Earlier this week Oxford Brookes and their consultant planners Turnberry put on a public exhibition of their latest development plans. This time it concerns the Headington Hill site; one proposal is for the replacement of the Helena Kennedy Building (HK), the other the redevelopment of the residential Clive Booth Student Village (CBSV). I was fortunate to be able to go to a full presentation by Brookes/Turnberry.
They plan to rebuild HK on the same ground plan, but to make a new faculty building which can be used to bring together “specialist functions from Arts, Architecture, Computing, Mechanical Engineering and Built Environment studies under the same roof. The building will become a hub for a variety of teaching, research and practical making activities.”
The plans for CBSV are more radical; they are looking to achieve a net gain of about 500 bed spaces which together with the major student accommodation development at Cowley Barracks will go a long way to getting the number of Brookes students in private rented accommodation down below the 3,000 target required by the City Council. At first sight the declared height of some of the new buildings seems excessive, but I was impressed by the amount of detailed work the consultants had done on both local and long-distance views towards and away from Headington Hill. This aspect will no doubt be subject to great debate once the formal planning applications are submitted and open for public comment.
Part of the thinking behind the proposals is to make the node point between CBSV and Headington Hill Campus more open, and to encourage students to use the Campus and the HK building as a through route to JHB/London Road/Gipsy Lane and to the sports facilities over the Headington Hill bridge. That way they will avoid the less attractive, poorly lit and potentially unsafe route of Cuckoo Lane and Pullen’s Lane.
For those who weren’t able to get to the public exhibition there is a copy of the display boards on this link (with thanks to Brookes and Turnberry). The two developments will be covered by two separate planning applications; HK will be first in a few weeks’ time, CBSV will follow and is expected to be submitted in early June.
On 21 December 2017 the City Council gave prior approval to a change of use (ref: 17/02969/B56) allowing the conversion of the Nielsen building by the A40 next to Thornhill P&R into 134 flats. There were several conditions attached to the approval, which was a delegated decision. Campaigners and supporters of active travel will be pleased to see five conditions requiring better access to the site by foot and on cycles, cycle parking, and travel information for residents.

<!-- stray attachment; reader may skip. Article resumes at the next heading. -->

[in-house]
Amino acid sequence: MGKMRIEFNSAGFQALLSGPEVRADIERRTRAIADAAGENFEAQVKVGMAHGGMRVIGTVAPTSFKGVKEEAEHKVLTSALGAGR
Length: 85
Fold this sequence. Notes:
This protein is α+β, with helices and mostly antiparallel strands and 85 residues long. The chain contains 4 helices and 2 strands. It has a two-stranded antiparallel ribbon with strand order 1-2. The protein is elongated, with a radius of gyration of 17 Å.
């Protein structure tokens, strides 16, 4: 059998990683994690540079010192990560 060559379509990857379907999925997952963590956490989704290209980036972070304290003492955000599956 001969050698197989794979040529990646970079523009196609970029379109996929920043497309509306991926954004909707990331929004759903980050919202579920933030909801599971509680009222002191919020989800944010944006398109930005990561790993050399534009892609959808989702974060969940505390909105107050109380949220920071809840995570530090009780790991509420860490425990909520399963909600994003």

These two drawings may help put the text in context:
Condition 3 calls for “improvements … to the footpath to the south of the site … to create an appropriate shared footway and cycle access into the site. [This] must be of a sufficient standard for shared pedestrian and cycle use and must be appropriate for safe and convenient use year round.” This access leads into Risinghurst – good news for The Ampleforth!
Condition 4: “Improvements … for pedestrians accessing the site from the proposed vehicular access point to the north of the site. The scheme shall detail appropriate levels of street lighting and footway widths… [and] shall be carried out … before the development … is first occupied.”
Condition 5: “Improve the … current secondary vehicular exit, towards the west of the site, for the use of pedestrians and cyclists. The scheme shall provide details of the closure of the exit for vehicular use, and improvements to be made to the pedestrian and cycle environment including; appropriate levels of street lighting and the reinstatement of the footway and cycle route along the southern site of the A40 at this access. The improvements shall be carried out … before the development … is first occupied.”
Condition 6 specifies a minimum of 326 easily accessible cycle parking spaces, and Condition 7 requires there to be a Travel Plan Co-ordinator for the site and for a Residential Travel Information Pack to be given to every resident when they move in.
Of course, the fiasco of cycle provision at Westgate isn’t a good precedent. Although we will have to wait and see how the Nielsen site turns out it seems to be a step in the right direction. But the city planners will have to keep their eye on the ball to make sure the developers deliver good quality schemes to satisfy these conditions.
I mentioned three weeks ago in HH344 that the new development off Waynflete Road in Barton is being marketed by Cala Homes as Bayswater Fields. Here now is the link I didn’t have then so you can see what they’re offering. Prices range from £305k for a 1-bed apartment to £716k for a 5-bed house.
It’s disappointing to see that like Mosaics Oxford in Barton Park, Cala’s marketing deliberately avoids any mention of Barton. According to Cala, Bayswater Fields is “situated in the warm and welcoming community of Headington”.
Equally disappointing given Headington’s – and Oxford’s – congested traffic, poor air quality and the City and County’s stated policies of encouraging people to switch away from using cars to more sustainable ways of travelling, under the ‘Location’ tab on the marketing pages there’s a section headed ‘Superbly Connected’. It lists several local destinations under ‘On Foot’, followed by many more ‘By Car’ and information about stations. There is no suggestion that aspiring Bayswater Fields residents could conceivably want to travel by bike or public transport.
Oxford City policies, reinforced by the Headington Neighbourhood Plan, would require the developers to pay positive attention to non-car travel. Sadly, Bayswater Fields is just over the border in South Oxfordshire District where it would seem such forward thinking doesn’t apply.